Dependencies, Connections, and Other Relations: A Theory of Mental Causation
ISBN/ASIN: 9789048163267,9789401701211 | 2003 | English | pdf | 288/307 pages | 7.09 Mb
Publisher: Springer Netherlands | Author: Wim De Muijnck (auth.) | Edition: 1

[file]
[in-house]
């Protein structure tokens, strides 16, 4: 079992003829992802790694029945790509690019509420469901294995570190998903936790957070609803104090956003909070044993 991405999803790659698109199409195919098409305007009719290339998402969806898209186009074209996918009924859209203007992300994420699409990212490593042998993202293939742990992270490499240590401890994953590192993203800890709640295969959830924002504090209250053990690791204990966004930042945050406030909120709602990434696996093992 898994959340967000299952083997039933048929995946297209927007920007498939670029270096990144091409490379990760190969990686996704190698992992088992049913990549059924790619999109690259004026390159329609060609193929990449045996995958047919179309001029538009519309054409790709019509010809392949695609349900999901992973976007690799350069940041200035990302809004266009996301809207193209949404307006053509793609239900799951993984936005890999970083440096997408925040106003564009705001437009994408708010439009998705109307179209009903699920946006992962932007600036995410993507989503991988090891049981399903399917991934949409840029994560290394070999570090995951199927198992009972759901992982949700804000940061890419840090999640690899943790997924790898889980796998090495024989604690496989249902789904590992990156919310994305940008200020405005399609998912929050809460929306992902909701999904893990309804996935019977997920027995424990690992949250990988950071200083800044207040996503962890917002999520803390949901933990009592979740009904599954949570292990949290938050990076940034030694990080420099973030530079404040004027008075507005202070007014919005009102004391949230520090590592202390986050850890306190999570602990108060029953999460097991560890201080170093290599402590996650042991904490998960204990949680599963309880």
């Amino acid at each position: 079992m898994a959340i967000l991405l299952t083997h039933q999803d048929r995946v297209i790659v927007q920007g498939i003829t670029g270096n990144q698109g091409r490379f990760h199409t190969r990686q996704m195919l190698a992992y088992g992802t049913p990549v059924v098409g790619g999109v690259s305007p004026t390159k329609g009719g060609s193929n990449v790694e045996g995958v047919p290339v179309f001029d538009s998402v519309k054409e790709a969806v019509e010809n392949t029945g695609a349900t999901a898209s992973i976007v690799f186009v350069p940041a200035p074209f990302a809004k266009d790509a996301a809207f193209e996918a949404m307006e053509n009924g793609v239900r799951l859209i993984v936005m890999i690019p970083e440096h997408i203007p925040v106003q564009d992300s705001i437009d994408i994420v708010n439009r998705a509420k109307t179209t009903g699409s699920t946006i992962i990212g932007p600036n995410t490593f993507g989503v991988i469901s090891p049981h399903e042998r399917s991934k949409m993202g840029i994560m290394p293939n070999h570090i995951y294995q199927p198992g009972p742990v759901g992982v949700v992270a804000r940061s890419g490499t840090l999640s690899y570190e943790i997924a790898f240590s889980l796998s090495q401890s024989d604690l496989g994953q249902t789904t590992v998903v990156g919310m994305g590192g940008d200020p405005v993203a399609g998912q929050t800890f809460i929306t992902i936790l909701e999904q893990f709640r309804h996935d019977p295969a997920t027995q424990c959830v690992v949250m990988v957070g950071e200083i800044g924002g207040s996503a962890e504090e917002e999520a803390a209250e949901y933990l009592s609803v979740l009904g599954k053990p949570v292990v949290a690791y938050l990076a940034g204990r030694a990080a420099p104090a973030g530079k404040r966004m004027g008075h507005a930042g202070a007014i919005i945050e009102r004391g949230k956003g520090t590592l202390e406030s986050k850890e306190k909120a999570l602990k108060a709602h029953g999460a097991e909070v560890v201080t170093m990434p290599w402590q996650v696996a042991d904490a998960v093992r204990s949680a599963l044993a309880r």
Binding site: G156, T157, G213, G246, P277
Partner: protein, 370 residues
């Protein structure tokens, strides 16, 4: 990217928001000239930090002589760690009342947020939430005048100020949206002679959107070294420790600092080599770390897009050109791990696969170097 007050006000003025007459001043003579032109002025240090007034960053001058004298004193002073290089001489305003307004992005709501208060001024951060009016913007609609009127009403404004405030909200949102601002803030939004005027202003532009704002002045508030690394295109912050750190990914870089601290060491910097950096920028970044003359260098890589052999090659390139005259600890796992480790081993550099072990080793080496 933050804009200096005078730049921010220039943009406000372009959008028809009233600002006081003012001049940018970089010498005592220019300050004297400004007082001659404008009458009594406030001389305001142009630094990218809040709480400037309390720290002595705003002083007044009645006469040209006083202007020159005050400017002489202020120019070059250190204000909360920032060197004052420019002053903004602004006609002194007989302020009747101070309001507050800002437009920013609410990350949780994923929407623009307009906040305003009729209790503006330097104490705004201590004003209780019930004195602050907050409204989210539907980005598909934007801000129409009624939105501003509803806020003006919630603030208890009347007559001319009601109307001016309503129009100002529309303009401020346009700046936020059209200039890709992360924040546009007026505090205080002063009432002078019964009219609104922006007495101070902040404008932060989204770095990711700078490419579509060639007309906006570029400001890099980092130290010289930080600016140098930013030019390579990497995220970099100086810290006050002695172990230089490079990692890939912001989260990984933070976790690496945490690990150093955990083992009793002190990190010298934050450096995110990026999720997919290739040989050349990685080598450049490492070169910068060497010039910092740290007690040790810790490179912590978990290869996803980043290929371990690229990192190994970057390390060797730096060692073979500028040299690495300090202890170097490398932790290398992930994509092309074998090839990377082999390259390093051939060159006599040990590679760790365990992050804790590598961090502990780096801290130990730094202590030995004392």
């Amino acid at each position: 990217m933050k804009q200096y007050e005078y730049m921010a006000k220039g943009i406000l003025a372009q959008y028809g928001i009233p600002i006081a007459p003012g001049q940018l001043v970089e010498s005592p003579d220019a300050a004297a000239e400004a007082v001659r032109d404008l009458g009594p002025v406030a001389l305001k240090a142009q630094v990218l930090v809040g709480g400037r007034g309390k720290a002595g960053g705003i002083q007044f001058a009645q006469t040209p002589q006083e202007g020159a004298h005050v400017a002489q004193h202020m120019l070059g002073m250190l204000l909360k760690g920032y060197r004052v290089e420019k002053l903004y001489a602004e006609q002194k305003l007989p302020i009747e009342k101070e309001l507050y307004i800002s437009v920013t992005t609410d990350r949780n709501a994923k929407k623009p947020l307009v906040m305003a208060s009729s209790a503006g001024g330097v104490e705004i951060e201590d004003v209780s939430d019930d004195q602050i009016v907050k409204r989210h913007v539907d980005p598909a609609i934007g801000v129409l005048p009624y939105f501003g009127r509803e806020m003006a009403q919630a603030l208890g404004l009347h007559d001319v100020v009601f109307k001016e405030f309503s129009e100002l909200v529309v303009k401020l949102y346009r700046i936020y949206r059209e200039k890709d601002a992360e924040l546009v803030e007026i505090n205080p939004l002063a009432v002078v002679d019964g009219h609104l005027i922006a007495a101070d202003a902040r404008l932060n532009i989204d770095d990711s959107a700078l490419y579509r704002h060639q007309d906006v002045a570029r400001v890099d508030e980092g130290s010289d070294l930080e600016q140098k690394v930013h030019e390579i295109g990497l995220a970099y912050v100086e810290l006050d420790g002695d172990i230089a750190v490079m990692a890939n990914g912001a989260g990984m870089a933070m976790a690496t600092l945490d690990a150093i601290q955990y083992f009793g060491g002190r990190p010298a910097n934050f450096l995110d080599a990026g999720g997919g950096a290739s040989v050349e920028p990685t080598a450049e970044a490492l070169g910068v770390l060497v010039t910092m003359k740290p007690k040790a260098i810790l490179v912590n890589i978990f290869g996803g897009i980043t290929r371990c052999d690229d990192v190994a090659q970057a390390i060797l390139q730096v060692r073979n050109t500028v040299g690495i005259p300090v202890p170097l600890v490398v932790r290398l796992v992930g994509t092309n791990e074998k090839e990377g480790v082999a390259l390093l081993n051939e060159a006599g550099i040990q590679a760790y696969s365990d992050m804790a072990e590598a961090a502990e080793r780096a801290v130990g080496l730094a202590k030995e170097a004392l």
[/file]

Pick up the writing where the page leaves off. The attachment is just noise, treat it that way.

The text before you is a study ofthe problematic issue ofmental causation: causation by minds. On hearing the expression 'mental causation,' you may at first think ofsomething like bending spoons by 'psychic' powers. But no, we are dealing here with something much more puzzling: doing things for reasons, i. e. , what we call agency. Psychic spoon-bending would be a fairly straightforward issue. You just exert some psychic force and bend a spoon, just like you might bend it by hand, i. e. , by physical force. The only trouble here is that psychic forces may not be in fact available '. But now you fetch an umbrella because you expect that it will rain. How does that work? Some how, it seems, you let an expectation move your limbs. But aren't your limbs already moved by nerve impulses and muscle contractions? And are expecta tions the proper kind ofitems to move things around? Mental causation is an issue that is at the heart ofthe mind-body problem, the problem of making it clear how minded creatures such as we are possi ble, and what our mindedness consists in. Unlike psychic spoon-bending, mental causation happens every day. At least, pretty much of what we take for granted about ourselves can only be right when mental causation really happens.